Douches.--If there is any leucorrhea, or any other discharge from the vagina, a douche should be taken each night before retiring, until it has subsided. Use quite warm water, with a tablespoonful of salt to the gallon of water.
Enemas.--If the bowels fail to move during the day, before retiring at night use a small enema of a pint of water. Put it into the bowels, allow it to remain for a short time, and then solicit a movement. If no results are obtained, do not worry--just let the bowels alone. If they do not move during the next day, repeat the enema at night.
Kidneys.--At least once a month, from the beginning of pregnancy, the urine should be examined by someone qualified to do so, to ascertain that all is well and no albumin is showing in the urine.
Corsets.--If a proper amount of exercise is taken regularly before pregnancy, and the ligaments and muscles of the abdomen and pelvis are so strengthened, very little support will be necessary. It is better to have as little binding as possible; but, if a support is necessary, there are some well-fitting maternity corsets on the market which are a great help. Supports are not necessary when eating and exercise are correct in amount.
Eating Habits.--The mother should not change her habits of eating during this period, except to see that she does not overeat. The breakfast should be light--merely a little fruit, such as apples, pears, oranges, grapefruit, berries, or any fresh fruit, according to season.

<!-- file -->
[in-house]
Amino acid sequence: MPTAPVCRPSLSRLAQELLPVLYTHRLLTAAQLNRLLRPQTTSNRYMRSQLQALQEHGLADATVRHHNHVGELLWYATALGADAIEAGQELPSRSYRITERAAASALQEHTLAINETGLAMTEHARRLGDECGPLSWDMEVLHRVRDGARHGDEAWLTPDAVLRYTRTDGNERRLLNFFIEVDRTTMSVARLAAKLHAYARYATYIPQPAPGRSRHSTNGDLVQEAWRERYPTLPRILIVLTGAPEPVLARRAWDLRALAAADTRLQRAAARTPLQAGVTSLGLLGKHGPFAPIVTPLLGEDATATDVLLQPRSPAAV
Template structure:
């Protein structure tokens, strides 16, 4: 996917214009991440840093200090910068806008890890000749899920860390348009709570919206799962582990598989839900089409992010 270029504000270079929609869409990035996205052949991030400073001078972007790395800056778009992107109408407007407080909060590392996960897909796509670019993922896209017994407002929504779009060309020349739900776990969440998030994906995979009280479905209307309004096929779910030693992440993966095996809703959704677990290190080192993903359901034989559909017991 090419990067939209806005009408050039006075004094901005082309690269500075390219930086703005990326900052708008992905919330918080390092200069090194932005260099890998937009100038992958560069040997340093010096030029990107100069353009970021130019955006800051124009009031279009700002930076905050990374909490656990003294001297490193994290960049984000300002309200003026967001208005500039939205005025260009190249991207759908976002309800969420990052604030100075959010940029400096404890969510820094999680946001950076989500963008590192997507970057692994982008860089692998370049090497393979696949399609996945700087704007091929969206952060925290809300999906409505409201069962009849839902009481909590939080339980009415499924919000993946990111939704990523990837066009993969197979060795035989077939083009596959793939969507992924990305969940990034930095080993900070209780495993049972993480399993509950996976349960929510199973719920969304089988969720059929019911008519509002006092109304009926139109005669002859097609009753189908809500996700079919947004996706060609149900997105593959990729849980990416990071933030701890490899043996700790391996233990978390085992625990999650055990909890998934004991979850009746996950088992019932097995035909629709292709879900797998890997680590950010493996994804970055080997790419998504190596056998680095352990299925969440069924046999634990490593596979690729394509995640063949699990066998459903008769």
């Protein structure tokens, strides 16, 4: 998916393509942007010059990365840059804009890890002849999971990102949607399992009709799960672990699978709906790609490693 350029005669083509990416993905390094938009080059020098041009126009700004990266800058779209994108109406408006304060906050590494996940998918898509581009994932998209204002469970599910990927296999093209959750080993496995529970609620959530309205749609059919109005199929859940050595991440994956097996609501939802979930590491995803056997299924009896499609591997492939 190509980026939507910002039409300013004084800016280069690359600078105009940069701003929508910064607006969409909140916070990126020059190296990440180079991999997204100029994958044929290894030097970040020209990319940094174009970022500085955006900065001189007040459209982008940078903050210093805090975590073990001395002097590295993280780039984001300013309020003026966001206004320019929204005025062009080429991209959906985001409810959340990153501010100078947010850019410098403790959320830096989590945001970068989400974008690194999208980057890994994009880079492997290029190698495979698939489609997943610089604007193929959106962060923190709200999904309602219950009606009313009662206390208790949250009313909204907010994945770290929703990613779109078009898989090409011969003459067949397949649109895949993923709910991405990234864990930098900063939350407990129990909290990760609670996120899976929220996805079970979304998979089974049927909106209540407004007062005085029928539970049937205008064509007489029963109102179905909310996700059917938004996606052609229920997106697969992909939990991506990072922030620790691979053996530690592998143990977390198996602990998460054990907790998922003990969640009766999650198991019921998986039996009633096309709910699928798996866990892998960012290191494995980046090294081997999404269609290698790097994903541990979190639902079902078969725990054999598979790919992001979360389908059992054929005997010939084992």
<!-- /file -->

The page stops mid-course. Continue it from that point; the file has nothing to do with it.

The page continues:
At noon, have a vegetable soup, prepared according to the directions given in the "Cook Book." Follow this with a good big combination salad.
At night, have the regulation Tilden dinners: meat one day, with two cooked, non-starch vegetables and a combination salad; the alternate days, a decidedly starchy food in place of the meat, with the vegetables and salad.
All fancy foods, such as pies, cakes, and desserts of all kinds, should be sidestepped. Just live as simply as possible.
Prospective mothers should watch their weight during pregnancy. Just before confinement a woman should not weigh more than ten pounds above her regular weight. At the beginning of pregnancy the increase in weight should be very little and the gain very gradual. If the weight increases too rapidly, the intake of food should be cut down, so as to hold the weight down.
Mothers should not follow the custom of eating for two, building excess weight, and suffer from the symptom-complexes of swollen limbs, varicose veins, kidney burden, Toxemia, surgery, enlarged womb, uterine catarrh, misplacements, fibroid tumor, and, in ten to twenty years, uterine cancer, etc. Children born of such parents develop into mediocre human animals. Their most characteristic inherited tendencies are appetite and passion. They mature early, and their sex-complex drives them into lust and every excess that gives a thrill. They soon bring on pronounced enervation and imperfect elimination, establishing chronic Toxemia, after which the organism subtilely builds organic disease. The tubercular diathesis builds pulmonary tuberculosis, after going through all the preliminary crises of Toxemia--namely, all the so-called catarrhal diseases. The mind and nervous system have their symptom-complexes. The glandular--the ductless and duct glands--have their share of composite derangement wished on them by Toxemia, occupation, and habits.
A child born of a gluttonous mother may die of childbirth injuries, or subsequent so-called diseases caused by disagreeing mother's milk or the hazards of post-natal readjustment